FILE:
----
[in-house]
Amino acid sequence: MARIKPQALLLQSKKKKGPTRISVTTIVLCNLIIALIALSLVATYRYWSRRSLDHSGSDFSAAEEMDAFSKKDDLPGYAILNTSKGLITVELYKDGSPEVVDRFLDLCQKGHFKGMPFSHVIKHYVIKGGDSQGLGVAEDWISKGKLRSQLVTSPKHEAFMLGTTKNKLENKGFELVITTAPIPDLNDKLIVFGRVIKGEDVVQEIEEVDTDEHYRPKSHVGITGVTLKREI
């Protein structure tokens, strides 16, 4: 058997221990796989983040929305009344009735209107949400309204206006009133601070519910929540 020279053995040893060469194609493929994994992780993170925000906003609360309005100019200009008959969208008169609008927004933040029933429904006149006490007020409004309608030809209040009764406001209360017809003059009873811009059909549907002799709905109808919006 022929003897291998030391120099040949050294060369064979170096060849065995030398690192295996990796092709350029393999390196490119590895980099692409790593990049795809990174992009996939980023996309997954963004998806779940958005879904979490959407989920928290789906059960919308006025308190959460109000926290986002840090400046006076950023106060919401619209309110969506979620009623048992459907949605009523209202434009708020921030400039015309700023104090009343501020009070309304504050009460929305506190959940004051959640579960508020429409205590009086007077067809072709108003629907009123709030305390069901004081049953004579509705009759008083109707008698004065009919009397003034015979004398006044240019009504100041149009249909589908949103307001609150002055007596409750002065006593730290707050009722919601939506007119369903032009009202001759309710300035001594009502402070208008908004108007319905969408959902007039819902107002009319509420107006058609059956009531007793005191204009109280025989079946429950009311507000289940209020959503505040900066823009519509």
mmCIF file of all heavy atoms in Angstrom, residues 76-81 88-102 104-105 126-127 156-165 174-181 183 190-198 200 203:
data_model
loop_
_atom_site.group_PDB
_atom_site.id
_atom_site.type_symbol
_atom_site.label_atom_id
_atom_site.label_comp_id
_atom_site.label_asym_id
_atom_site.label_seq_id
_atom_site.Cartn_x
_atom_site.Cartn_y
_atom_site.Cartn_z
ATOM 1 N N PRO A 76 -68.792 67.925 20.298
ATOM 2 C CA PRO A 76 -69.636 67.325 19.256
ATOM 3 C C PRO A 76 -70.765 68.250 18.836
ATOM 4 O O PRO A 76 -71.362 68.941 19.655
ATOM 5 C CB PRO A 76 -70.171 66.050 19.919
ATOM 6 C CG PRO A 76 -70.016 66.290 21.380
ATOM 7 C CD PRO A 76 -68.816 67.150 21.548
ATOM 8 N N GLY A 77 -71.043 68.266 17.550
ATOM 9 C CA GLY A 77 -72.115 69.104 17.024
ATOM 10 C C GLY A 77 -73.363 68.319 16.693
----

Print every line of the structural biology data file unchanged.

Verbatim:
[in-house]
Amino acid sequence: MARIKPQALLLQSKKKKGPTRISVTTIVLCNLIIALIALSLVATYRYWSRRSLDHSGSDFSAAEEMDAFSKKDDLPGYAILNTSKGLITVELYKDGSPEVVDRFLDLCQKGHFKGMPFSHVIKHYVIKGGDSQGLGVAEDWISKGKLRSQLVTSPKHEAFMLGTTKNKLENKGFELVITTAPIPDLNDKLIVFGRVIKGEDVVQEIEEVDTDEHYRPKSHVGITGVTLKREI
């Protein structure tokens, strides 16, 4: 058997221990796989983040929305009344009735209107949400309204206006009133601070519910929540 020279053995040893060469194609493929994994992780993170925000906003609360309005100019200009008959969208008169609008927004933040029933429904006149006490007020409004309608030809209040009764406001209360017809003059009873811009059909549907002799709905109808919006 022929003897291998030391120099040949050294060369064979170096060849065995030398690192295996990796092709350029393999390196490119590895980099692409790593990049795809990174992009996939980023996309997954963004998806779940958005879904979490959407989920928290789906059960919308006025308190959460109000926290986002840090400046006076950023106060919401619209309110969506979620009623048992459907949605009523209202434009708020921030400039015309700023104090009343501020009070309304504050009460929305506190959940004051959640579960508020429409205590009086007077067809072709108003629907009123709030305390069901004081049953004579509705009759008083109707008698004065009919009397003034015979004398006044240019009504100041149009249909589908949103307001609150002055007596409750002065006593730290707050009722919601939506007119369903032009009202001759309710300035001594009502402070208008908004108007319905969408959902007039819902107002009319509420107006058609059956009531007793005191204009109280025989079946429950009311507000289940209020959503505040900066823009519509």
mmCIF file of all heavy atoms in Angstrom, residues 76-81 88-102 104-105 126-127 156-165 174-181 183 190-198 200 203:
data_model
loop_
_atom_site.group_PDB
_atom_site.id
_atom_site.type_symbol
_atom_site.label_atom_id
_atom_site.label_comp_id
_atom_site.label_asym_id
_atom_site.label_seq_id
_atom_site.Cartn_x
_atom_site.Cartn_y
_atom_site.Cartn_z
ATOM 1 N N PRO A 76 -68.792 67.925 20.298
ATOM 2 C CA PRO A 76 -69.636 67.325 19.256
ATOM 3 C C PRO A 76 -70.765 68.250 18.836
ATOM 4 O O PRO A 76 -71.362 68.941 19.655
ATOM 5 C CB PRO A 76 -70.171 66.050 19.919
ATOM 6 C CG PRO A 76 -70.016 66.290 21.380
ATOM 7 C CD PRO A 76 -68.816 67.150 21.548
ATOM 8 N N GLY A 77 -71.043 68.266 17.550
ATOM 9 C CA GLY A 77 -72.115 69.104 17.024
ATOM 10 C C GLY A 77 -73.363 68.319 16.693